The company said the plant, erected within the Process Research Ortech facility in Canada, ran at steady-state level for three months to process Dasa ore samples that had been shipped there. The samples made up the initial five years of mining expected from the Dasa mine development plan in its initial phase.
Samples that represented the first 20 months of mining were processes in a first pilot and revealed leach uranium recoveries of 92.8%. Deeper ore was subsequently processed in a second campaign using identical acid rates of 80kg/t but returned higher leach recoveries of 94.6%.
GA said the deepest ore processed, via a third campaign, returned a 97.8% uranium recovery with acid rates once again of 80 kg/t.
"Given the increases in recoveries with increasing depth, acid rates were reduced to 70, 60, and 50 kg/t ore in campaign 3 with resulting uranium recoveries of 95.1%, 94.3%, and 94.1%, respectively," the company noted, pointing out that the high recoveries at low acid rates and deeper ore were tied to a drop in organic matter content as ore depth increased.
The next step was solvent extraction, which was based on sodium carbonate stripping technology combined with a uranyl peroxide precipitation process. What resulted was a "near quantitative conversion" of the leach uranium into final uranyl peroxide yellow cake product.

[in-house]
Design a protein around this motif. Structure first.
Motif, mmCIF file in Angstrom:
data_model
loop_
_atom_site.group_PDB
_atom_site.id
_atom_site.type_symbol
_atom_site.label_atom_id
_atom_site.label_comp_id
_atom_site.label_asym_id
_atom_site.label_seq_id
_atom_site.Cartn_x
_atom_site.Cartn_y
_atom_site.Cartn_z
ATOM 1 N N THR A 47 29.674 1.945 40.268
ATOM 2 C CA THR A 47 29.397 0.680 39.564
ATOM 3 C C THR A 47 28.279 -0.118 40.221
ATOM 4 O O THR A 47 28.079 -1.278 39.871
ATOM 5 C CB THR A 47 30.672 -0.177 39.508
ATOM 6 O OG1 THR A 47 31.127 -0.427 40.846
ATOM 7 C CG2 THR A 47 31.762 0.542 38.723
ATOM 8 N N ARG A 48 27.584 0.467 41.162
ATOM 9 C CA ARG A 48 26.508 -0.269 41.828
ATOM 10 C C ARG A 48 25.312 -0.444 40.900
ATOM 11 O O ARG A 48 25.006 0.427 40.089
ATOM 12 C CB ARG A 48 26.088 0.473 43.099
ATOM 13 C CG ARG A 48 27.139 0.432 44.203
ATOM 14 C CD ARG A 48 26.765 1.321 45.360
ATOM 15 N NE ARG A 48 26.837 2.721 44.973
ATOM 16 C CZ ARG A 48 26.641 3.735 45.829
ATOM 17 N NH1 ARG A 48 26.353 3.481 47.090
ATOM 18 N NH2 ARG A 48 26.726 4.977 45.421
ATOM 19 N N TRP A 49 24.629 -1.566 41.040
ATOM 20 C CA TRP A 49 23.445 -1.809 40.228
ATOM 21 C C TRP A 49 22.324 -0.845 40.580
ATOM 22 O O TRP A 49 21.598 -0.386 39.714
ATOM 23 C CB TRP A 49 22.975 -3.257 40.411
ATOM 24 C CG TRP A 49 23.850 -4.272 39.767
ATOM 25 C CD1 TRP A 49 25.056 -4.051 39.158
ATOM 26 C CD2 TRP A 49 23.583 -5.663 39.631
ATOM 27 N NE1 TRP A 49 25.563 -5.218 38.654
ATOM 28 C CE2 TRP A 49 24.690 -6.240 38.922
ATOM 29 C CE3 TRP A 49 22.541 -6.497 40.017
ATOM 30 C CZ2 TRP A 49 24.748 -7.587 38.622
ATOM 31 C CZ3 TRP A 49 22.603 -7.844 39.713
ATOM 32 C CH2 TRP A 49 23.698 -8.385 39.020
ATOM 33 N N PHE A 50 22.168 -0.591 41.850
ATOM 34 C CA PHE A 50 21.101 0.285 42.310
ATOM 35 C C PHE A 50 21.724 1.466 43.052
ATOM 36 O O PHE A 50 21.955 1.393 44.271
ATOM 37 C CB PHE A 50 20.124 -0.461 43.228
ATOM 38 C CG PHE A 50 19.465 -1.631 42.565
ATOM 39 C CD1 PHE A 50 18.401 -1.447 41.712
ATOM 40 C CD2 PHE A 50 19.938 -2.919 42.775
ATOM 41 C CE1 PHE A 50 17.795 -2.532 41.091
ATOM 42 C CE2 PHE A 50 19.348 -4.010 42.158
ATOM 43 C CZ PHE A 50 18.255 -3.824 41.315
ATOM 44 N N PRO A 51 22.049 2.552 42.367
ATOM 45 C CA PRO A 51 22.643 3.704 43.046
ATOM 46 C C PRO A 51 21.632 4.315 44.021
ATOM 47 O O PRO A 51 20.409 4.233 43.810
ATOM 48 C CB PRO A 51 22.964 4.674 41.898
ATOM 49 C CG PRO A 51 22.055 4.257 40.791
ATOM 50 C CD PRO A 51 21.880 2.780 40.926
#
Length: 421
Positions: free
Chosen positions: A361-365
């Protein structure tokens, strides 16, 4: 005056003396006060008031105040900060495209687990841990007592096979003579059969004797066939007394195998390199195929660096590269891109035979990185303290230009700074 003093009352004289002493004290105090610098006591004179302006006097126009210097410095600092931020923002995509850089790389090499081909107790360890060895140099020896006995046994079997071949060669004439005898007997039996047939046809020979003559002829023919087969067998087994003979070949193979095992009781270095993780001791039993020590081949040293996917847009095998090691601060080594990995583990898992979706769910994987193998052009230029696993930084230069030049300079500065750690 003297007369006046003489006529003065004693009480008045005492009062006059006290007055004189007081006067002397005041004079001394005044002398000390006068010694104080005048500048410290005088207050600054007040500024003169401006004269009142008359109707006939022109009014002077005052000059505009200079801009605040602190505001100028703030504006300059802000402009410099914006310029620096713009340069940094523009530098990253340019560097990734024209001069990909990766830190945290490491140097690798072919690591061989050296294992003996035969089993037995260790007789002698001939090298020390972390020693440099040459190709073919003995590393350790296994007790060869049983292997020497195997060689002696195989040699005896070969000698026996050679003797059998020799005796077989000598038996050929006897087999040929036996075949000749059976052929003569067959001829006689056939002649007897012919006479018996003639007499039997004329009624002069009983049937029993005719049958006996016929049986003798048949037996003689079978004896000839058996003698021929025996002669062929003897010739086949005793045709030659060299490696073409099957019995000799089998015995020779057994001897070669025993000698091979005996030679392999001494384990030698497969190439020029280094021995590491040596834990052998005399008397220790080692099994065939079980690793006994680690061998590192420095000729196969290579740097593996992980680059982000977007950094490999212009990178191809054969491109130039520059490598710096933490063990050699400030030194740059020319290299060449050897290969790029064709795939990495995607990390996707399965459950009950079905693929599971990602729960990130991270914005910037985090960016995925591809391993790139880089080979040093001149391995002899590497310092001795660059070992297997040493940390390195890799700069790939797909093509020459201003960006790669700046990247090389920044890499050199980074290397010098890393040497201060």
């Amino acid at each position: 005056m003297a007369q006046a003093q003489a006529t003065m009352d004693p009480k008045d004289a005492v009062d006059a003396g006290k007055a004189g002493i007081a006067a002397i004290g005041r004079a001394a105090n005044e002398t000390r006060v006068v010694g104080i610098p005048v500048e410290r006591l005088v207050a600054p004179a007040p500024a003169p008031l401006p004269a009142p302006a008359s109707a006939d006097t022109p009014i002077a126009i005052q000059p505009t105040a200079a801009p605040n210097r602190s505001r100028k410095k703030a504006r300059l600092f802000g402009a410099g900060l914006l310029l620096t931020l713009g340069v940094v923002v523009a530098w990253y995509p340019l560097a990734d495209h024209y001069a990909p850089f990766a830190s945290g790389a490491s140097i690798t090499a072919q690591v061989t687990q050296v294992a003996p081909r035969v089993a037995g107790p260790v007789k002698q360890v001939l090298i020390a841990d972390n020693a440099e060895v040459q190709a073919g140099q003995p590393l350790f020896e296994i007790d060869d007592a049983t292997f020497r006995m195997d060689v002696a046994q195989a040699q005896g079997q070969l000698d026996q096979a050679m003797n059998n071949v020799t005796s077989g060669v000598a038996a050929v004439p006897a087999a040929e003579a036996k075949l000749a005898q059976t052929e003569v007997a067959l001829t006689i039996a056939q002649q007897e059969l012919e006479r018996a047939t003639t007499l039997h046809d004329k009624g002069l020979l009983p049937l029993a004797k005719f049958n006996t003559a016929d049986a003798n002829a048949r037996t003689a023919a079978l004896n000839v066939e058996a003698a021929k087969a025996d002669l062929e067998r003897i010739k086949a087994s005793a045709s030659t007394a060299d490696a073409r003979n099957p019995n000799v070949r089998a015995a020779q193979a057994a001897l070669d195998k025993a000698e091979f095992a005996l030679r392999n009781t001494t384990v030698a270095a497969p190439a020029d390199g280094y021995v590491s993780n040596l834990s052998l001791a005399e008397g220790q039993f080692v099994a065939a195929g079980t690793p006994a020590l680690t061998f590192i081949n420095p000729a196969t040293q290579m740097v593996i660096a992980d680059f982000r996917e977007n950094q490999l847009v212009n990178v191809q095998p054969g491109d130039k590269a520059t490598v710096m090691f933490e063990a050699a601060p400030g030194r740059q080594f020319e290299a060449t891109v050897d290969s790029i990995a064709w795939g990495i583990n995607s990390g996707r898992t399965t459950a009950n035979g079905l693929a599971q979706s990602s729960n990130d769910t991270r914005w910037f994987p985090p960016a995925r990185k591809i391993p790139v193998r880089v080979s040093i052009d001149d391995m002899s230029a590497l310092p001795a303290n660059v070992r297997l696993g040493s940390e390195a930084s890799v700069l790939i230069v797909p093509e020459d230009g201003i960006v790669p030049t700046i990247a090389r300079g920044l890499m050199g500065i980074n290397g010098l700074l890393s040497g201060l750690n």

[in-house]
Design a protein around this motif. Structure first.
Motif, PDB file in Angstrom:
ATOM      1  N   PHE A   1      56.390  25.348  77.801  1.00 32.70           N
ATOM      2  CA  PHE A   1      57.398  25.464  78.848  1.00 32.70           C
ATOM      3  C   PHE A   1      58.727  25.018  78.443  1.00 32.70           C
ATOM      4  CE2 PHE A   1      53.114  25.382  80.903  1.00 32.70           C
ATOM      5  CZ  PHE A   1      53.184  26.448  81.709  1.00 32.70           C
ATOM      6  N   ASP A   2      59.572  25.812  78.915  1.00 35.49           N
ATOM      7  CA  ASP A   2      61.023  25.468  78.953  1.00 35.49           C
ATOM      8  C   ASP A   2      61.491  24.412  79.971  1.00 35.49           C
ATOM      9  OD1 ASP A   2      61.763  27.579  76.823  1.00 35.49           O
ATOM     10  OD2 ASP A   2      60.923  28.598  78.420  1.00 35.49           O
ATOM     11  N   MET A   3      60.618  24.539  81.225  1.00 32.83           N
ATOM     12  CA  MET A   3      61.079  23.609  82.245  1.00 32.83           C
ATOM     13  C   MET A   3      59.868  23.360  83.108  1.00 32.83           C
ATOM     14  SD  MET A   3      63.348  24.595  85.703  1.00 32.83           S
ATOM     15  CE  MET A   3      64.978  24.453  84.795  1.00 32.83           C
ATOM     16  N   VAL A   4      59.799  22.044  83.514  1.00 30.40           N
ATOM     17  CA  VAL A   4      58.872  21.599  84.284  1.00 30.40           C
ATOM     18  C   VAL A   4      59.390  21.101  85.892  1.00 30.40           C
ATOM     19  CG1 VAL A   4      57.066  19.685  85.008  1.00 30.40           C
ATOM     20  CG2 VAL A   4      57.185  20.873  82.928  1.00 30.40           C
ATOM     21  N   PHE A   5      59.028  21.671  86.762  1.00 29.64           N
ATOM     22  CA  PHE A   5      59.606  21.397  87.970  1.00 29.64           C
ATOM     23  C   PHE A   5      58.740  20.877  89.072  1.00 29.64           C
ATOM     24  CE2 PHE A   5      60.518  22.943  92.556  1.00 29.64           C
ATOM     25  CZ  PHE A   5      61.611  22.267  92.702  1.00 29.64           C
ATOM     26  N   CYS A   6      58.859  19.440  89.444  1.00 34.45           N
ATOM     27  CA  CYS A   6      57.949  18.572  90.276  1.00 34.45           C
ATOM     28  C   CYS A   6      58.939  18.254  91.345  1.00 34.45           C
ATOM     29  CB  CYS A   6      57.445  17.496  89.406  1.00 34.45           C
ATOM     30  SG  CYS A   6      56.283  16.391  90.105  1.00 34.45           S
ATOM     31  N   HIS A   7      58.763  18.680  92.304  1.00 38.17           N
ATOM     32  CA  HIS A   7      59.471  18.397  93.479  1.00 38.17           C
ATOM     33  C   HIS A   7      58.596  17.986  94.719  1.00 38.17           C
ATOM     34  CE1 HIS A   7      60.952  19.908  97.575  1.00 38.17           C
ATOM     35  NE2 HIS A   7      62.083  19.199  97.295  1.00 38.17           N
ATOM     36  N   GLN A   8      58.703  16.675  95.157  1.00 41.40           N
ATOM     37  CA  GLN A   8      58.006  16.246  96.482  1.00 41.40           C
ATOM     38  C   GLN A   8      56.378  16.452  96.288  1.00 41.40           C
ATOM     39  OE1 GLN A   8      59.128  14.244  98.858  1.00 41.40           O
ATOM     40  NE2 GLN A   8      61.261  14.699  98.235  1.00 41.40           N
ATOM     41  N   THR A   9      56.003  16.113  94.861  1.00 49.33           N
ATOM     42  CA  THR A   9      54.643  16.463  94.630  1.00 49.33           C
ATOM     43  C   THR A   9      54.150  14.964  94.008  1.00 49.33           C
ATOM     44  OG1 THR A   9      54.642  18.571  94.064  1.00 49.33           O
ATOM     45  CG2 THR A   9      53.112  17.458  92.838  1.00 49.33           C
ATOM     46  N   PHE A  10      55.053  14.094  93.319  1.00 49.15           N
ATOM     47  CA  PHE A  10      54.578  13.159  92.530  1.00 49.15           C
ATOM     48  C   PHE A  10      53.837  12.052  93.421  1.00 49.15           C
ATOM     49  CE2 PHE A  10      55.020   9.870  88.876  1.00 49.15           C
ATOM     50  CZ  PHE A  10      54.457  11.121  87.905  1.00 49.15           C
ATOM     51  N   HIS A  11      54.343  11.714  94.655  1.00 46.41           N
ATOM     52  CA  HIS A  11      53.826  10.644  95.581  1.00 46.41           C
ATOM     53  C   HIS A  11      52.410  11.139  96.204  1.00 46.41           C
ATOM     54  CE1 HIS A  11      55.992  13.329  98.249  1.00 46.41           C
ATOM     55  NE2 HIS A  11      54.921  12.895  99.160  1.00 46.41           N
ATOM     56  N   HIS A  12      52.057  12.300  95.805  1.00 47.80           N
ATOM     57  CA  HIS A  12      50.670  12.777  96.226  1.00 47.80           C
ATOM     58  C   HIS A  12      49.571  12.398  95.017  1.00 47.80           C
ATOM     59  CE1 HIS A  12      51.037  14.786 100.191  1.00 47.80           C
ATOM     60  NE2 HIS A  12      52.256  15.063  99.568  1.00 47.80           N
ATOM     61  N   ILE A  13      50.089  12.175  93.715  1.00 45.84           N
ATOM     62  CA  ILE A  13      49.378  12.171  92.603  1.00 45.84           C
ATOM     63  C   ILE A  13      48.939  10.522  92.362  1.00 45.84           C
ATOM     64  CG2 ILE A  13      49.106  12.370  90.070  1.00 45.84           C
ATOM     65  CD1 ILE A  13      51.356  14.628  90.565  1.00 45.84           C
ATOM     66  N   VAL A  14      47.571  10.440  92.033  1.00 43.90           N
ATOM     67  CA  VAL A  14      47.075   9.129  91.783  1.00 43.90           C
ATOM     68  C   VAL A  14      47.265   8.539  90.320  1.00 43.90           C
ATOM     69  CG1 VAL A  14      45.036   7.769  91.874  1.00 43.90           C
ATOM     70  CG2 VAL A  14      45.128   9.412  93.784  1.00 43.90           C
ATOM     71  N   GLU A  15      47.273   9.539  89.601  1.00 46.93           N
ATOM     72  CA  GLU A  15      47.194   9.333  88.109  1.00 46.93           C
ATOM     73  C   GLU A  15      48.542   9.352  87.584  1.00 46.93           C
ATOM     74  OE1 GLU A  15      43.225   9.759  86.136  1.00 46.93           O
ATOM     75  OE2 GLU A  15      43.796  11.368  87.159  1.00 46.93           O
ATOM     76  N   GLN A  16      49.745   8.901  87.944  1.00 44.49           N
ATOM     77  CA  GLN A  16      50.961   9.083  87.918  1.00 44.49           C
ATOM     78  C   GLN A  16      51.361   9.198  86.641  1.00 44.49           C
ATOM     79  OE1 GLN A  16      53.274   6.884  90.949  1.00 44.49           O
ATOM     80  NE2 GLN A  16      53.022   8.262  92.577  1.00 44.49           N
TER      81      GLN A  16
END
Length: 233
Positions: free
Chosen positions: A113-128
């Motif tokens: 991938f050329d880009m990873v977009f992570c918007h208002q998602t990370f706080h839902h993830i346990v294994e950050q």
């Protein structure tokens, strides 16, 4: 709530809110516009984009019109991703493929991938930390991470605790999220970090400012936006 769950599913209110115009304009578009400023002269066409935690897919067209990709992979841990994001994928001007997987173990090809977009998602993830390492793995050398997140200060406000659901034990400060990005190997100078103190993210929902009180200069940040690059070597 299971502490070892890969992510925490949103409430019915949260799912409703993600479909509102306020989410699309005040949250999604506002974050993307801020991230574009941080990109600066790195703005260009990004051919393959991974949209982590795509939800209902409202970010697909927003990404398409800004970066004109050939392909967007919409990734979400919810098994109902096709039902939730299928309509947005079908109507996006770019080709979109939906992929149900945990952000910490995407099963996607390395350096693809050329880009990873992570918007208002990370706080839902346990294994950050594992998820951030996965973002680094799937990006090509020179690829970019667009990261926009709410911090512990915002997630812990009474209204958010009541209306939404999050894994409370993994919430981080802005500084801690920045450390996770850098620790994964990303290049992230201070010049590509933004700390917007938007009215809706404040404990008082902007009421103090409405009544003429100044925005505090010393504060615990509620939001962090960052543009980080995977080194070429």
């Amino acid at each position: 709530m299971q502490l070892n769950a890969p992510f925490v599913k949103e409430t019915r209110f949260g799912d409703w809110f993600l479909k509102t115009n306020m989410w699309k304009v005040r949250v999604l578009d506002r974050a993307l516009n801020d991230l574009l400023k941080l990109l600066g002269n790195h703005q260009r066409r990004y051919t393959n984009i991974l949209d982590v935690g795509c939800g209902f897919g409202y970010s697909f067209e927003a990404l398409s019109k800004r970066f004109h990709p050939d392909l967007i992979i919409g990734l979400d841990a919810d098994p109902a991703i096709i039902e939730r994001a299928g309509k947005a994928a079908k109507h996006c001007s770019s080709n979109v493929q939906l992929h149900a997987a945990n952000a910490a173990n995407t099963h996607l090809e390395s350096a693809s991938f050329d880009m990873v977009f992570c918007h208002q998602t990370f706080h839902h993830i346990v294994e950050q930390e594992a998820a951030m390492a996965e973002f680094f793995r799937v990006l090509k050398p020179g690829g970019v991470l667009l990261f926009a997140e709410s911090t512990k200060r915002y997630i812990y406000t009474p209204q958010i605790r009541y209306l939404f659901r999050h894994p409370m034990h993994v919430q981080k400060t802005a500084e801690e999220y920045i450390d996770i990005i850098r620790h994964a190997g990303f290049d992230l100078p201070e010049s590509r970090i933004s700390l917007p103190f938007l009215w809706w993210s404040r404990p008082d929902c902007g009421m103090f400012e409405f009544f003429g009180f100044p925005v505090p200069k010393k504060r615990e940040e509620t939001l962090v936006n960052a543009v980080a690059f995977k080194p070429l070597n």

The yellowcake was dried or calcined to produce UO4 or U3O8, respectively.
"The results of this pilot plant study confirmed better-than-expected metallurgical results for the Dasa ore," president and CEO Stephen Roman said.
"With the recent granting of our required operating permits by the Republic of Niger, confirmation of the metallurgical process to recover uranium was a key milestone which we have now achieved."
Its ongoing feasibility study remains on schedule and should be completed by the September quarter. At that point, it will commence the tender process for mill components.
GA said the Dasa mine should enter construction early next year.